Could we be just a few years from solving all security-related complications of cash systems today? Daryl de Jori, Head of New Technologies at EDAQS, a German-Austrian technology company, says that could very well be the case.
De Jori, a small business analyst and finance critic by background and renowned Hamburg based economy scientist, Reimund Homann,plus a small team of scientists, technicians, and developers, have spent the previous few years perfecting and testing the money security system DICE, its first hybrid product that unifies artificial intelligence and the lifestyle, which they believe could prevent cash crimes, besides solving all security-related complications of cash systems today, including passports and terrorism.
The innovation offers the chance for global change that may solve countless conventional issues with one single system and would allow central and national banks to supervise and analyze all cash circulation without interfering with the privacy of the citizen. It not merely produces anti-counterfeit bills but offers the first time in the history of cash an insurmountable protection. Categorized as a semi-governmental project for the public benefit and classified as a “Governmental Reformation Venture” (since an effective implementation could only be performed through official ways sufficient reason for the support from governments), the technology happens to be at the mercy of negotiations with governments and national banks for a global implementation of the system.
The development of the DICE (acronym: Dynamic Intelligent Currency Encryption) emerged from the unquestionable dependence on a economic climate that protects money while upholding the highest degree of security and privacy. Contingent identifiable banknotes, preferably with a custom-frequency and secure RFID or machine readable codes like Datamatrix, the DICE integrates reliable and innovative technologies that combine their benefits to incorporate them into an optimized security. Starting from the identifiable banknote that connects to a digital security system to verify the banknote’s validity, an integral feature is also the opportunity to devaluate banknotes that may have been stolen from the DICE user or which are illegally circulating.
It’s the goal of EDAQS that the whole banking and retail sector in addition to all entities with regular cash circulation will participate in the DICE system.So far, EDAQS has concentrated the majority of its resources on preventing cash crimes and forgery, but also to save lots of cash from vanishing as it is going on in Scandinavian countries. But because of the recent series of external appraisals, the DICE has been estimated at an averaged valuation of $5.6 billion and has plans to skip a scheduled seeding process to immediately raise capital in a Series A financing, after undisclosed leading capital investors and EDAQS lobbyists showed interest to jointly dominate the global implementation of the innovative and futuristic banknote system. Within the planned spin-off, the new company will create two strong market leaders with distinct brands, partners, operating characteristics and industry dynamics.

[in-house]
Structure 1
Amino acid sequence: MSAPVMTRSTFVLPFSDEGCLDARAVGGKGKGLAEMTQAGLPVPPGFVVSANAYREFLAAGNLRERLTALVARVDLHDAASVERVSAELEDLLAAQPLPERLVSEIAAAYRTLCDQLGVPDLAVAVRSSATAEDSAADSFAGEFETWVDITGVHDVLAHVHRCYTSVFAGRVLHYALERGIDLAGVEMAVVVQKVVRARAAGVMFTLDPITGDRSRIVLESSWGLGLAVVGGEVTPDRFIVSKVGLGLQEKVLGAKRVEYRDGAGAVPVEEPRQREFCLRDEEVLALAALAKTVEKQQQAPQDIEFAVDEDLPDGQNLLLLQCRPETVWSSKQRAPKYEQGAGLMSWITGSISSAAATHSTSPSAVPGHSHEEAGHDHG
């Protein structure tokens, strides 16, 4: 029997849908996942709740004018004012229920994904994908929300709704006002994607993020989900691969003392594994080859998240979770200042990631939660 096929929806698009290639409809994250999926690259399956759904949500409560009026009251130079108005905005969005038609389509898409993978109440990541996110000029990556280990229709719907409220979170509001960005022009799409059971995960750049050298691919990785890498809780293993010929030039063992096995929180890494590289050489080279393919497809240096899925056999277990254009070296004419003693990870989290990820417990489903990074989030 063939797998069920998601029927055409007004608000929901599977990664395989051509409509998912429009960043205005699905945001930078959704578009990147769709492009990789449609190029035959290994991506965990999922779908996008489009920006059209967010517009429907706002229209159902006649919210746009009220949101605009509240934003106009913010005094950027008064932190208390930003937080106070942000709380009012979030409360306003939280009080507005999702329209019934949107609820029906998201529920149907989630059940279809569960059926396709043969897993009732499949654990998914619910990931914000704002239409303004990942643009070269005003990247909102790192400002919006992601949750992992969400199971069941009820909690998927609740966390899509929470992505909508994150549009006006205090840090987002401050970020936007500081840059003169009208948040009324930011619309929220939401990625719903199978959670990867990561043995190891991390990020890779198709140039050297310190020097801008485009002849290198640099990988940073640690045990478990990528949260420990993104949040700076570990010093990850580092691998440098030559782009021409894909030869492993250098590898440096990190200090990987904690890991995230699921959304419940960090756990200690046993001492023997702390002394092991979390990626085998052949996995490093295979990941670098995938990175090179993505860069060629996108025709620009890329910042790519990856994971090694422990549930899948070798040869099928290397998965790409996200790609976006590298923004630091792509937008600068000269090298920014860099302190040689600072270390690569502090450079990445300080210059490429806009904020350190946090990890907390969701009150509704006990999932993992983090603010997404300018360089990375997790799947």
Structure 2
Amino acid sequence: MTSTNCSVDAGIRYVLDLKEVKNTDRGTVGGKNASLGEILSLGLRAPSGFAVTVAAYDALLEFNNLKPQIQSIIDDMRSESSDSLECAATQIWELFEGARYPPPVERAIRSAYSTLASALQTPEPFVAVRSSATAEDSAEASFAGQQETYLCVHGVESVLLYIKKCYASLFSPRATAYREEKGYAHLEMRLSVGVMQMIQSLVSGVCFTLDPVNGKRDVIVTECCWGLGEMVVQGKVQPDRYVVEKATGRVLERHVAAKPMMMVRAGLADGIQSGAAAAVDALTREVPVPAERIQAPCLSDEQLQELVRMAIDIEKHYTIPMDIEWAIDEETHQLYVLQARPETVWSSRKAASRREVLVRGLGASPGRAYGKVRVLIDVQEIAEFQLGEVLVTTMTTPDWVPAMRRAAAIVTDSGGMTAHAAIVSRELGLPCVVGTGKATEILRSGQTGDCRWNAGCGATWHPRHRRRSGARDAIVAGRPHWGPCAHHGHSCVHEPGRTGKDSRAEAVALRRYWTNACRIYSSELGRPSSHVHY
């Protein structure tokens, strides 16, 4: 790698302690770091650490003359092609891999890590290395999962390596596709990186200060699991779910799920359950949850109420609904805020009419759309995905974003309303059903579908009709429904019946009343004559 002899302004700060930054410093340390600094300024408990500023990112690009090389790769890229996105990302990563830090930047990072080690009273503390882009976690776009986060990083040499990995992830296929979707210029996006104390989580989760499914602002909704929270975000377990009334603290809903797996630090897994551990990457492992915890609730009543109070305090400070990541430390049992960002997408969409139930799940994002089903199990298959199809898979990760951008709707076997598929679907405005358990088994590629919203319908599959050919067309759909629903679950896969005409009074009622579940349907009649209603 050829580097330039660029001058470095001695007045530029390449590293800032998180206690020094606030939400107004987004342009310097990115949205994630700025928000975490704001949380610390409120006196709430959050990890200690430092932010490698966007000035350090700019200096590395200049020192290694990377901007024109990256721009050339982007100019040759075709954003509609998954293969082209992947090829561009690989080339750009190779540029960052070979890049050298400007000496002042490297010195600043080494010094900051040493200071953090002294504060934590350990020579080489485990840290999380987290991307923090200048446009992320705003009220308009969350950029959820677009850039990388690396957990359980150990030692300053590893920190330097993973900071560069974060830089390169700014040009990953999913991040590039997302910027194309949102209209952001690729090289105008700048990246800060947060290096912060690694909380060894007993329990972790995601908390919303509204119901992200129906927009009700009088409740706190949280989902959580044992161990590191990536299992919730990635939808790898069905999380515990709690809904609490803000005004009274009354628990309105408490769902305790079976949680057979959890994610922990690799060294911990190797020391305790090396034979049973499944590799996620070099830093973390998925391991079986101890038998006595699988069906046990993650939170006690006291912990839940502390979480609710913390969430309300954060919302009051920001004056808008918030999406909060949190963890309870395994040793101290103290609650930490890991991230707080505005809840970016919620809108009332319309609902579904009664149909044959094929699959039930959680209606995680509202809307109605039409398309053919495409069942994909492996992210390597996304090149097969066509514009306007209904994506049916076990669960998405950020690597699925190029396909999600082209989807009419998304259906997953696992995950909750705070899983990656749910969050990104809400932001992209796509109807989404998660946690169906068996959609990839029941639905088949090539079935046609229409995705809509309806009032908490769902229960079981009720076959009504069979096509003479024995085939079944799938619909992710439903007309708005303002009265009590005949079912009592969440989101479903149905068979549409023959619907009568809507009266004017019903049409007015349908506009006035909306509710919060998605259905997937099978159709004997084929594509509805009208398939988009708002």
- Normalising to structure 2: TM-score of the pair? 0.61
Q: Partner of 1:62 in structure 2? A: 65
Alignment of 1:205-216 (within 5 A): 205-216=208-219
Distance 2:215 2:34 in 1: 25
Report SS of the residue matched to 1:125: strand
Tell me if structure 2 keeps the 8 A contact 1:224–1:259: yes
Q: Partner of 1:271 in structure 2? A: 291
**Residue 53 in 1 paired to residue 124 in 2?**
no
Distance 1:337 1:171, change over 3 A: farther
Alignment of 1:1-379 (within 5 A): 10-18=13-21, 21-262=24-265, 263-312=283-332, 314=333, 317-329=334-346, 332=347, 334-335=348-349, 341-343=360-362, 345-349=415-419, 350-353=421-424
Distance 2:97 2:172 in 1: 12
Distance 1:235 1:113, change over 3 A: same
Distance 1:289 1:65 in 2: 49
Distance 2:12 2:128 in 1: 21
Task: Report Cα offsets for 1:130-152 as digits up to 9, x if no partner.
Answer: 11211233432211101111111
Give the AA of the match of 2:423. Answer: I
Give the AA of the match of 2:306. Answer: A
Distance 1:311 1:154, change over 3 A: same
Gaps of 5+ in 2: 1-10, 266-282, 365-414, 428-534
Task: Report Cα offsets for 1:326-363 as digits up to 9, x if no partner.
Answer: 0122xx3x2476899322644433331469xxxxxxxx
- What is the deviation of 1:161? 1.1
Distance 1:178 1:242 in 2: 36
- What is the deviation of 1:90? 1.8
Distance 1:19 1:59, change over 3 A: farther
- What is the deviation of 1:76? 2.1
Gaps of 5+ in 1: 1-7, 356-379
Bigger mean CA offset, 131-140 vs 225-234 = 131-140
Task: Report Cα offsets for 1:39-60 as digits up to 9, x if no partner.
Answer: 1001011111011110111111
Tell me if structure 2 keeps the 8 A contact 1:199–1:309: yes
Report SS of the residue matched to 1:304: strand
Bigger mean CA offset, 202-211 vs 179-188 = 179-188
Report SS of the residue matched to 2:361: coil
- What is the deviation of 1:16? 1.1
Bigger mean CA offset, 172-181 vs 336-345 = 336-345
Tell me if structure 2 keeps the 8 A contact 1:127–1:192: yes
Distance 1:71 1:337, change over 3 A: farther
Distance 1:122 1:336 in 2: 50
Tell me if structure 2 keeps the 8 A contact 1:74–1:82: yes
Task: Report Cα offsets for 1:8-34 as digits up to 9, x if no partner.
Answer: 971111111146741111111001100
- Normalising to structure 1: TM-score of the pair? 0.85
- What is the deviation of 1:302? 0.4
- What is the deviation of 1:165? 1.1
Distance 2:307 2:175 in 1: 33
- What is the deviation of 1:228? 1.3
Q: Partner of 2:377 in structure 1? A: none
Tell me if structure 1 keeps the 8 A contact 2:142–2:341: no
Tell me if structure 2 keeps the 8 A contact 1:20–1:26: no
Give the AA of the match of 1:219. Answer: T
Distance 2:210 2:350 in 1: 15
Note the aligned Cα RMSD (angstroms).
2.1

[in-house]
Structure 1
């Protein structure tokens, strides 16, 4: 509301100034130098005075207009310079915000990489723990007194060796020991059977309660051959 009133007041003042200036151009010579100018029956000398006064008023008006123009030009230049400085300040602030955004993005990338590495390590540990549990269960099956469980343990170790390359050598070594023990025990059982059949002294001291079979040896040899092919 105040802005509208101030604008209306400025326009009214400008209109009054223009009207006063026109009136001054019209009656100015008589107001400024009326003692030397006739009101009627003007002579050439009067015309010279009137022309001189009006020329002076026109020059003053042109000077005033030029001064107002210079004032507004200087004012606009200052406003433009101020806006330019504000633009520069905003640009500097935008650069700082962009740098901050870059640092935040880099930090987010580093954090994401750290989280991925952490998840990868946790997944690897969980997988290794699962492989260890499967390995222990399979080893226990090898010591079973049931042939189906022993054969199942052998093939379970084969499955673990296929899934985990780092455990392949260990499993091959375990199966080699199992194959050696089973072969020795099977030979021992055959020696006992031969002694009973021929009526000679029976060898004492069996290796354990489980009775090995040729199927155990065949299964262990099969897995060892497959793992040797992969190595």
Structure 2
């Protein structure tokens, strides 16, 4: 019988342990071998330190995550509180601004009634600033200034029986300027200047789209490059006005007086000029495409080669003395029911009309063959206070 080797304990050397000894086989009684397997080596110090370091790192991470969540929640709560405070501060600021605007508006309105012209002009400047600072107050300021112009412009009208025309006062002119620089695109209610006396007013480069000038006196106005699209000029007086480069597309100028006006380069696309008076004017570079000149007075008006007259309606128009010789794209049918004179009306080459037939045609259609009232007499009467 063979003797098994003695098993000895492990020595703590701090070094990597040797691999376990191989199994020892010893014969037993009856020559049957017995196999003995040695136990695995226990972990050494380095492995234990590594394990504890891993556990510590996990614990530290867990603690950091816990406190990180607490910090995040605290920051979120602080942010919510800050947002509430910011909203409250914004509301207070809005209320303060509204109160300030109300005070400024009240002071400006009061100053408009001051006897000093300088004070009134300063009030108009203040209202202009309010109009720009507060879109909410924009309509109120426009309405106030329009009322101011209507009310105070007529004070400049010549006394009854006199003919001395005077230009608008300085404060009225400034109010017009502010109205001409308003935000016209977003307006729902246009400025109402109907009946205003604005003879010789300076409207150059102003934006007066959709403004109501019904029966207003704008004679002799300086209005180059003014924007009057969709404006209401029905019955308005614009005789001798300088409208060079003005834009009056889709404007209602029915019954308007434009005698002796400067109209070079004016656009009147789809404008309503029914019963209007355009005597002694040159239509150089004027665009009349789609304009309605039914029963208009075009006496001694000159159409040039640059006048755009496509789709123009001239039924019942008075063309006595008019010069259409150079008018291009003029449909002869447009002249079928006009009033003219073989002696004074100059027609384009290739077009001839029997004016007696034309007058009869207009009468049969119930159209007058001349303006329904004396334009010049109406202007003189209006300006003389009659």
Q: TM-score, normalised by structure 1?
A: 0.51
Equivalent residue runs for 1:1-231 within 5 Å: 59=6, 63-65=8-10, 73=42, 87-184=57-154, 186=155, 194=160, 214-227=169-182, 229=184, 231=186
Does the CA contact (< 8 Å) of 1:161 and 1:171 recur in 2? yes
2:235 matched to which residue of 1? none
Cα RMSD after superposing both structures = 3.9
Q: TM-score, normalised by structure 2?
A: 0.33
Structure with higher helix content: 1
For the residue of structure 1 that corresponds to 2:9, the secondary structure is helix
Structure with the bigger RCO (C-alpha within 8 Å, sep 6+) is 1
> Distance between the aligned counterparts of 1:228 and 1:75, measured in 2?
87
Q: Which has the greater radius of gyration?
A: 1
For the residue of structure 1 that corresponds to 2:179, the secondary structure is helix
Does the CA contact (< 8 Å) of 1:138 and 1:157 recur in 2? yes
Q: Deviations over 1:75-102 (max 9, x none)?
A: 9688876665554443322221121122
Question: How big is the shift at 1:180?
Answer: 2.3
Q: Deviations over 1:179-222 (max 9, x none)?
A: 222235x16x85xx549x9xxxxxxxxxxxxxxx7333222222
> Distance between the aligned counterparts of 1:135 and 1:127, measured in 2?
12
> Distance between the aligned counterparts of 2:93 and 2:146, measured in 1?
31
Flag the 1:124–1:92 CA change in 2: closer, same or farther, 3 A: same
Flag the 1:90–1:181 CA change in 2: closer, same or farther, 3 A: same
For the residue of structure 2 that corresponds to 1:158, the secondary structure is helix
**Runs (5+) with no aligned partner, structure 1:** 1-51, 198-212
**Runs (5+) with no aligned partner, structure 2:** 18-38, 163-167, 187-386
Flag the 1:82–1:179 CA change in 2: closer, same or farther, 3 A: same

DICE combines several technologies and intelligent techniques to solve almost all issues that governments claim to be the reason for the planned abolition of cash. DICE protects the citizen, the retailers and even the banks. And it gives cash a fresh and indisputable reason to live on.
Among a range of new development models there are various benefits of DICE. Firstly, counterfeiting of banknotes will be a thing of the past sufficient reason for the counterfeited value being greater than the production costs, counterfeiters would naturally have to undergo immeasurable efforts. Second, robberies can be less attractive and also with a limited use of DICE, the risk of a worthless robbery will be higher than the best gain. DICE also combats crime and for that reason general cash-related crime will undoubtedly be reduced by almost 25 % based on the official crime statistics for Germany released by the police (5.96 million offenses in 2013). The incidental registration of the banknotes would also make it easier for banks and companies to control cash because the complications of handling illicit money result in higher tax revenues.